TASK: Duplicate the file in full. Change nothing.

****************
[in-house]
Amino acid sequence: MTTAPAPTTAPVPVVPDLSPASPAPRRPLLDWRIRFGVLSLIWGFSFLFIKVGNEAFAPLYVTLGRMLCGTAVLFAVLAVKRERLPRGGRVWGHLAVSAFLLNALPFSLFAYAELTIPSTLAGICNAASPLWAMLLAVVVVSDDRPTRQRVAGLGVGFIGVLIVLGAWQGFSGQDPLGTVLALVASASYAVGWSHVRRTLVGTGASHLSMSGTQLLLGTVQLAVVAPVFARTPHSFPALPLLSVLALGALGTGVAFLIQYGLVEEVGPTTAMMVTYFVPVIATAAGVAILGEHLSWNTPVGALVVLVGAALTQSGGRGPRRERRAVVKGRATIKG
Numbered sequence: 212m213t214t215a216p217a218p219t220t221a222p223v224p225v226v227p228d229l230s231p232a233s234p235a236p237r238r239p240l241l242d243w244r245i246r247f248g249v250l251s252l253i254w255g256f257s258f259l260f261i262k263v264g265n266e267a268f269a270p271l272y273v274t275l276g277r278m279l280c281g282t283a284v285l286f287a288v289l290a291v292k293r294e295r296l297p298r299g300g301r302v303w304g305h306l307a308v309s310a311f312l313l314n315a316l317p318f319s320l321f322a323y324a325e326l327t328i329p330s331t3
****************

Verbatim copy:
[in-house]
Amino acid sequence: MTTAPAPTTAPVPVVPDLSPASPAPRRPLLDWRIRFGVLSLIWGFSFLFIKVGNEAFAPLYVTLGRMLCGTAVLFAVLAVKRERLPRGGRVWGHLAVSAFLLNALPFSLFAYAELTIPSTLAGICNAASPLWAMLLAVVVVSDDRPTRQRVAGLGVGFIGVLIVLGAWQGFSGQDPLGTVLALVASASYAVGWSHVRRTLVGTGASHLSMSGTQLLLGTVQLAVVAPVFARTPHSFPALPLLSVLALGALGTGVAFLIQYGLVEEVGPTTAMMVTYFVPVIATAAGVAILGEHLSWNTPVGALVVLVGAALTQSGGRGPRRERRAVVKGRATIKG
Numbered sequence: 212m213t214t215a216p217a218p219t220t221a222p223v224p225v226v227p228d229l230s231p232a233s234p235a236p237r238r239p240l241l242d243w244r245i246r247f248g249v250l251s252l253i254w255g256f257s258f259l260f261i262k263v264g265n266e267a268f269a270p271l272y273v274t275l276g277r278m279l280c281g282t283a284v285l286f287a288v289l290a291v292k293r294e295r296l297p298r299g300g301r302v303w304g305h306l307a308v309s310a311f312l313l314n315a316l317p318f319s320l321f322a323y324a325e326l327t328i329p330s331t3